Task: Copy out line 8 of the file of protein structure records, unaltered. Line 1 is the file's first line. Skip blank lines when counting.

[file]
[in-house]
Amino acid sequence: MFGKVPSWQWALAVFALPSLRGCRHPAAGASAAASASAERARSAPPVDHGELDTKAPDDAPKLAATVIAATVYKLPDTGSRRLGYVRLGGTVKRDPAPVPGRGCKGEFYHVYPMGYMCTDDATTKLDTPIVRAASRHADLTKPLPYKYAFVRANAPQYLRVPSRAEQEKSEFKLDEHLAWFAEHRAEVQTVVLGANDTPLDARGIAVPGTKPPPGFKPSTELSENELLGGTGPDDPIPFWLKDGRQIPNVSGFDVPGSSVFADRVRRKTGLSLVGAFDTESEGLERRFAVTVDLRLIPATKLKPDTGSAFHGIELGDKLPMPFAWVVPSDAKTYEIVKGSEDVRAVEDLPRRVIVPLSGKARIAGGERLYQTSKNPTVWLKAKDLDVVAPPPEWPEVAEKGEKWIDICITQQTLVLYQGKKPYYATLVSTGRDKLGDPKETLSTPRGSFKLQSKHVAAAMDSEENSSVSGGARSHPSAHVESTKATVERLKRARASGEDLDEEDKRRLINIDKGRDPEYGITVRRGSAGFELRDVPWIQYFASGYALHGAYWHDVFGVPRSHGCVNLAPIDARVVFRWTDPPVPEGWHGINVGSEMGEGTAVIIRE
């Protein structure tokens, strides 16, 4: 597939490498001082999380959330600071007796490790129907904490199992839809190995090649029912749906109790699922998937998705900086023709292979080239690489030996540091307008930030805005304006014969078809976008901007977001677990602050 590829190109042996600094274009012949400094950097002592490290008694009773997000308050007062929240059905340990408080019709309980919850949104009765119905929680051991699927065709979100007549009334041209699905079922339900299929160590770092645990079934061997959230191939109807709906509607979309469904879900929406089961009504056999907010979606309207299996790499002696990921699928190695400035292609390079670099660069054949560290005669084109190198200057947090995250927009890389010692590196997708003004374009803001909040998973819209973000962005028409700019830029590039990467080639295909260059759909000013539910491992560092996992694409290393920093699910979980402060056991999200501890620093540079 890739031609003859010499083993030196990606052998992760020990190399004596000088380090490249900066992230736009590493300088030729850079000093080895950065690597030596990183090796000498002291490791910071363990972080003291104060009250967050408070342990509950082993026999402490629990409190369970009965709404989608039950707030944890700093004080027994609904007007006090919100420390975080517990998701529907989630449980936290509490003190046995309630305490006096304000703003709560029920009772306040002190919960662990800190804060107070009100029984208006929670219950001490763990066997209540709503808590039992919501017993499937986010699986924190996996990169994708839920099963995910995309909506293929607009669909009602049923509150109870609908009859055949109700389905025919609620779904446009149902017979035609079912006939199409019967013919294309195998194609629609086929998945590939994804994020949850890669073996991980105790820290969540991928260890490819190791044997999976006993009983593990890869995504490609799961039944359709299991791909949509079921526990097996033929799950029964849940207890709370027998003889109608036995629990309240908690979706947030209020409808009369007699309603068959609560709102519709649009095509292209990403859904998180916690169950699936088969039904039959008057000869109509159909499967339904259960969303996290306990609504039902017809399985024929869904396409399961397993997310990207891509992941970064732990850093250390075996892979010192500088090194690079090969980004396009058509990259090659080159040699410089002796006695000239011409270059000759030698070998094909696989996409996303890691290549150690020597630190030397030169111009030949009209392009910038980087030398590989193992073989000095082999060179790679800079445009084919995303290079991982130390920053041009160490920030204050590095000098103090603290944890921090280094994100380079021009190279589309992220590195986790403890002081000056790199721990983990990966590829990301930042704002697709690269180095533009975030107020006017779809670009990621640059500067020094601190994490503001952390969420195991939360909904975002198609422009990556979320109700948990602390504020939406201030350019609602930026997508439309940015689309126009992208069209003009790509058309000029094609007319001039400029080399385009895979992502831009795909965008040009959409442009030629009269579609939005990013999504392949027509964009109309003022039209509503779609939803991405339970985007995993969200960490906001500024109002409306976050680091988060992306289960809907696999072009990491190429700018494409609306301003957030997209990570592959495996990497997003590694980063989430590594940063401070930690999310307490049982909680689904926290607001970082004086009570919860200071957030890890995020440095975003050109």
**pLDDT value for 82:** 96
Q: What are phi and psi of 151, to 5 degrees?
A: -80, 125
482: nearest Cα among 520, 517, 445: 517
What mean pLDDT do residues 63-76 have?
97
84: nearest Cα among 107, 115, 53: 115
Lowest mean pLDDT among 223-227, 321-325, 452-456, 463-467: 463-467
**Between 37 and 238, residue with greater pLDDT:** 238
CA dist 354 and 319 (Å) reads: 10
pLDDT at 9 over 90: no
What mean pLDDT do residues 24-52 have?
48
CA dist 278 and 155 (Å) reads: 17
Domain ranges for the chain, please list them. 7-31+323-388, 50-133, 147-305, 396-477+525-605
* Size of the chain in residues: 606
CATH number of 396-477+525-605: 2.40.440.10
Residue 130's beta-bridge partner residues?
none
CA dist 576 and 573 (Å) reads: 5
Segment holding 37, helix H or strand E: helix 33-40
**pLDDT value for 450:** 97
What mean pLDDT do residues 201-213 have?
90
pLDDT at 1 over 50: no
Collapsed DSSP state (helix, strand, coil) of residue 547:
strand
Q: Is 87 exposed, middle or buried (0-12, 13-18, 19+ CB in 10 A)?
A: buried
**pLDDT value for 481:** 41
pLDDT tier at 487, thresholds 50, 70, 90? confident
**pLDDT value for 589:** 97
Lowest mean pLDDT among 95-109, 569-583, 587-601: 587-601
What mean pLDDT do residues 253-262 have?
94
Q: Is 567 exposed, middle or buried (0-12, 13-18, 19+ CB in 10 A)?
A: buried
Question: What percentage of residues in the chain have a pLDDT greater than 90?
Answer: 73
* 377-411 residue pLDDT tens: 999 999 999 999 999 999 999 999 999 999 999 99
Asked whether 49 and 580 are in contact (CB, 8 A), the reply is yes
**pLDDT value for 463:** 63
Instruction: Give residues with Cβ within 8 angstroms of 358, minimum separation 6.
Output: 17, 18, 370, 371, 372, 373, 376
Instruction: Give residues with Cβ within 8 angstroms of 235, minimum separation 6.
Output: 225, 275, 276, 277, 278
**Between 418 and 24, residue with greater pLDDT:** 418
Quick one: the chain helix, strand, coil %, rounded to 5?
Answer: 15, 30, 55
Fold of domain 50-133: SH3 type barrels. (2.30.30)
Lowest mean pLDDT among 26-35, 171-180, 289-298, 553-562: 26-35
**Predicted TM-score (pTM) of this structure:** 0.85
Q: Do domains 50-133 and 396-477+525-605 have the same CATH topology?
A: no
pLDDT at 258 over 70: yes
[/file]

What mean pLDDT do residues 63-76 have?